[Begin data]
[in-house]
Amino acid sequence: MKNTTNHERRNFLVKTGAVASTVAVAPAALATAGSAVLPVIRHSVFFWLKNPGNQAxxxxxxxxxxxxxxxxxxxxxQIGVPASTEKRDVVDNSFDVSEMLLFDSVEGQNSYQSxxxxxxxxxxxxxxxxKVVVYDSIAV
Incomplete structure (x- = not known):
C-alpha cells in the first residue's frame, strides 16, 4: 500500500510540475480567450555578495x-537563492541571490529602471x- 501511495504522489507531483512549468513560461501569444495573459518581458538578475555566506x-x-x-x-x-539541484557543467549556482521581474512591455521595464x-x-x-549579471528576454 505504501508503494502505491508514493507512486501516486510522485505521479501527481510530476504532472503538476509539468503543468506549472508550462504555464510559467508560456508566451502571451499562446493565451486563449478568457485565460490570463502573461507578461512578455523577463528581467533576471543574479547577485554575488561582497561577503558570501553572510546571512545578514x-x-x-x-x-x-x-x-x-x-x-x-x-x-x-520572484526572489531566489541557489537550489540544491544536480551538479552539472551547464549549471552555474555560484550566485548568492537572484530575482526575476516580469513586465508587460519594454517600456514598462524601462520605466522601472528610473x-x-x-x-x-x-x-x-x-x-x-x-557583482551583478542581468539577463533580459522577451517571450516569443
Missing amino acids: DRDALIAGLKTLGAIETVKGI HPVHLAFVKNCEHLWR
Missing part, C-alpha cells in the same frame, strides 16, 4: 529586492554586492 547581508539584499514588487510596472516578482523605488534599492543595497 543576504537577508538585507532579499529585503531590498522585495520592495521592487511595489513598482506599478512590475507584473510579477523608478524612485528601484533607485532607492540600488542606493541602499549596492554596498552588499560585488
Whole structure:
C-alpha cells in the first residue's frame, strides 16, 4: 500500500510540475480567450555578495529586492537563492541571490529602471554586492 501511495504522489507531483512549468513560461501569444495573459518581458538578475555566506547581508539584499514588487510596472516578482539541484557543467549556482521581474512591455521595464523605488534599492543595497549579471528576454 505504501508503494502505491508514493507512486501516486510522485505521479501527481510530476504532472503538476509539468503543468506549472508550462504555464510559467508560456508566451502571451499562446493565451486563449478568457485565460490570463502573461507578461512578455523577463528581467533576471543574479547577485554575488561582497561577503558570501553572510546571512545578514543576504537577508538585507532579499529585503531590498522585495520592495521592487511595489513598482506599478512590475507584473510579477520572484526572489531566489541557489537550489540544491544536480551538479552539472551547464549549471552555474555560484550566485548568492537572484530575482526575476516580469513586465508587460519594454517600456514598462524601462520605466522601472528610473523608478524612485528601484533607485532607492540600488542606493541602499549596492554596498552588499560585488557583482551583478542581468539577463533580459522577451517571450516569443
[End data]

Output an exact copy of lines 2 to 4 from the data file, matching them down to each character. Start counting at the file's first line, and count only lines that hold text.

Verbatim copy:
Amino acid sequence: MKNTTNHERRNFLVKTGAVASTVAVAPAALATAGSAVLPVIRHSVFFWLKNPGNQAxxxxxxxxxxxxxxxxxxxxxQIGVPASTEKRDVVDNSFDVSEMLLFDSVEGQNSYQSxxxxxxxxxxxxxxxxKVVVYDSIAV
Incomplete structure (x- = not known):
C-alpha cells in the first residue's frame, strides 16, 4: 500500500510540475480567450555578495x-537563492541571490529602471x- 501511495504522489507531483512549468513560461501569444495573459518581458538578475555566506x-x-x-x-x-539541484557543467549556482521581474512591455521595464x-x-x-549579471528576454 505504501508503494502505491508514493507512486501516486510522485505521479501527481510530476504532472503538476509539468503543468506549472508550462504555464510559467508560456508566451502571451499562446493565451486563449478568457485565460490570463502573461507578461512578455523577463528581467533576471543574479547577485554575488561582497561577503558570501553572510546571512545578514x-x-x-x-x-x-x-x-x-x-x-x-x-x-x-520572484526572489531566489541557489537550489540544491544536480551538479552539472551547464549549471552555474555560484550566485548568492537572484530575482526575476516580469513586465508587460519594454517600456514598462524601462520605466522601472528610473x-x-x-x-x-x-x-x-x-x-x-x-557583482551583478542581468539577463533580459522577451517571450516569443